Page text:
Google SA seeks best pupil doodler

by Janine Erasmus

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Young football fans may soon see their logo adorning the home page of Google South Africa. (Image: Doodle4Google)
Google South Africa is getting in on the 2010 Fifa World Cup action by inviting local school children to enter their football-themed Google logo into an international Doodle4Google competition and stand a chance not only to win enticing prizes, but to have their entry displayed on the search engine’s home page.

Based on the original Doodle4Google competition of 2005 in the UK, the new edition carries the theme of “I love football”.


With the World Cup just weeks away, children between the ages of four and 17 from 18 countries will stretch their creative muscles to design a logo that shows how sport, and football in particular, transcends borders and cultures and brings people together.

Participating African countries include Ghana, Kenya and South Africa. They are up against youngsters from Australia, Czech Republic, the UK, US, France, Germany, Hong Kong, Israel, Italy, Japan, South Korea, the Netherlands, New Zealand, Spain, Taiwan, and the United Arab Emirates.

Past winners may enter, but they aren’t eligible to win.

Former head of Google South Africa Stephen Newton expressed his excitement about the upcoming football tournament that will inspire hundreds of children to reach for new creative heights. “Google is about the people who use it, and this is a great opportunity for South Africans to shape the way Google looks for a day.”

Tough competition

Entries will be evaluated by a group of creative heavyweights, and assessed for creativity, artistic prowess and effective communication of the theme, while taking age into account.

Overseas, they include Google webmaster Dennis Hwang, Paige Braddock of Charles M. Schulz Creative Associates, Susan Brandt of Dr Seuss Enterprises, Andy Harkness of Walt Disney Animation Studios, Keith Malone of Lego, and Bob Pauley of Pixar Animation Studios.

The distinguished South African judges include irreverent cartoonist Jonathan Shapiro, television personality Lebogang Mzwimbi, and Sandra Fivaz, who edits the Sunday Times ReadRight supplement.

The panel is responsible for short-listing 10 finalists. A public vote, held between 1 and 7 June via the internet and text message, will determine which of the hopefuls go through to the international round.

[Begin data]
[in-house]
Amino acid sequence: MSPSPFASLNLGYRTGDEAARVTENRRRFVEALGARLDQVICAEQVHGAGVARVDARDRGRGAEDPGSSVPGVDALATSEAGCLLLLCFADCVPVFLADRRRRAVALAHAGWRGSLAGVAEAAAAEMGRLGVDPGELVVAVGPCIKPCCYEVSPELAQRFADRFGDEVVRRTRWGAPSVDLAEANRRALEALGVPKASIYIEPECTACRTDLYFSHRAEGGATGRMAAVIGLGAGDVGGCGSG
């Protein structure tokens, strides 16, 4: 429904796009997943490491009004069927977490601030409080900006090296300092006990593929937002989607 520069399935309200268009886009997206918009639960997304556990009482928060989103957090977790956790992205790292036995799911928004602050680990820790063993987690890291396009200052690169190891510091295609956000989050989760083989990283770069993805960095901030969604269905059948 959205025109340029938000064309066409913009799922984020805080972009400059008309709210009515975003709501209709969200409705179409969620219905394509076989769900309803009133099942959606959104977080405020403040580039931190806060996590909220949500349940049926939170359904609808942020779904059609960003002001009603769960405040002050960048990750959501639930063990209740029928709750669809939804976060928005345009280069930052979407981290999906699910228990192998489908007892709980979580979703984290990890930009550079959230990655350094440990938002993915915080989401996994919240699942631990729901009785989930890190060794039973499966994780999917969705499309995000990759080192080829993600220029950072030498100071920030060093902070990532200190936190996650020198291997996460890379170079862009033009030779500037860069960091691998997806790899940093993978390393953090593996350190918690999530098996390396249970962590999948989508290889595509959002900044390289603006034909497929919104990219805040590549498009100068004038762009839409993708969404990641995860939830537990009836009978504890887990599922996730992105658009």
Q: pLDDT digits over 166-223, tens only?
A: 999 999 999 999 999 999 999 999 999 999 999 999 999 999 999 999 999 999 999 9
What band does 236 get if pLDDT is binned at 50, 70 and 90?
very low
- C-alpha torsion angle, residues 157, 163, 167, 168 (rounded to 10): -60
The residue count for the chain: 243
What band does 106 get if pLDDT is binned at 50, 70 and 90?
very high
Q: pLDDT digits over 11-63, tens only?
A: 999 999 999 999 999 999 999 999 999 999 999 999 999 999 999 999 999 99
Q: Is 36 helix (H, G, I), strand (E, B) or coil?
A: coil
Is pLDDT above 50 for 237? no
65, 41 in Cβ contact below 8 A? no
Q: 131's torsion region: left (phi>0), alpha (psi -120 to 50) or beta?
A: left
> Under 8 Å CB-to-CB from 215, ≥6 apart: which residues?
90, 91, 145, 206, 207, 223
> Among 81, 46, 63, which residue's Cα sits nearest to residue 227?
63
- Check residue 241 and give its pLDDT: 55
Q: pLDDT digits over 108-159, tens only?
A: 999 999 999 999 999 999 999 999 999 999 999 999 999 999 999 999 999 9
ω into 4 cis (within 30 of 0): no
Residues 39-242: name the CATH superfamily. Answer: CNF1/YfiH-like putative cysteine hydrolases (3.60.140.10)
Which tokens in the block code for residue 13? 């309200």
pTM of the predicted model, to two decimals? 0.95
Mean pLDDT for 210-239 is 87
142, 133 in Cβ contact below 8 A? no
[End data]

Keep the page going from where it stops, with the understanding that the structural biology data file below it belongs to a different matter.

The winner of each national competition will take home a laptop and a framed copy of their artwork. Like the other country winners, the top South African artist will also enjoy the excitement of having his or her design displayed on Google South Africa’s home page for a full day during the World Cup.

This is potentially huge exposure for the young winner, as millions of people will access the search engine to keep up to date with the football extravaganza.

The South African winner will then go forward to battle it out with the other 17 international winners. All the national winners will appear on the competition’s website and will be subject to the same public voting process between 21 and 28 June.

The grand prize is a 10-day trip in South Africa for the winner and three other family members. The overall winning entry will dominate the global home page for the whole of 11 July, the day of the World Cup final and the culmination of years of anticipation for football fans around the world. Here it will be seen by a massive online audience.

The global runner-up will win two VIP tickets to a Premier League football game of Google’s choice, in the UK. Both prizes cover international travel costs – where necessary – as well as domestic trips and accommodation.

Children wishing to enter the South African competition don’t have to be citizens, but must at least have permanent resident status.

Only one entry per child is allowed, and the competition closes at 9am on 3 May 2010. Contestants can find all the necessary details on the South African competition website.

Young creative minds

The annual Doodle4Google competition is open only to school children, who are invited to submit their own Google doodle, based on the chosen theme. In the US, which is not participating in the “I love football” competition, the current theme is “If I could do anything, I would…”

The winning entry is chosen by a public vote, and it is then featured for 24 hours on the country-specific Google home page. Besides the UK and US, competitions have been held in a number of countries including Australia, New Zealand, China, Egypt, Germany, Switzerland, Austria, India, Ireland, Israel, Japan, Mexico, and the Netherlands.

However, this is the first time that Doodle4Google is taking place at an international level as well as national, and the first time that African countries are participating.

Google doodles are variations on the official Google logo, usually involving a clever manipulation of the letters of the search engine’s name. They are used to commemorate special events such as Valentine’s Day, the Olympics or Earth Day, the birthdays of remarkable human beings such as Hans Christian Andersen, Charles Darwin, Michael Jackson and Beethoven, or holidays such as Christmas and Easter.

Other momentous revelations, such as Nasa’s confirmation of water on the moon, have also been celebrated in a doodle.

Clicking on a Google doodle leads to a list of Google-indexed links relating to the event.

The doodle was first used in 1999 when a little stick figure was seen behind the second “o”, to celebrate the annual Burning Man art event in Nevada, which was attended by a few Google staff members that year. Since then more than 300 American and 700 international doodles have appeared on Google home pages around the world.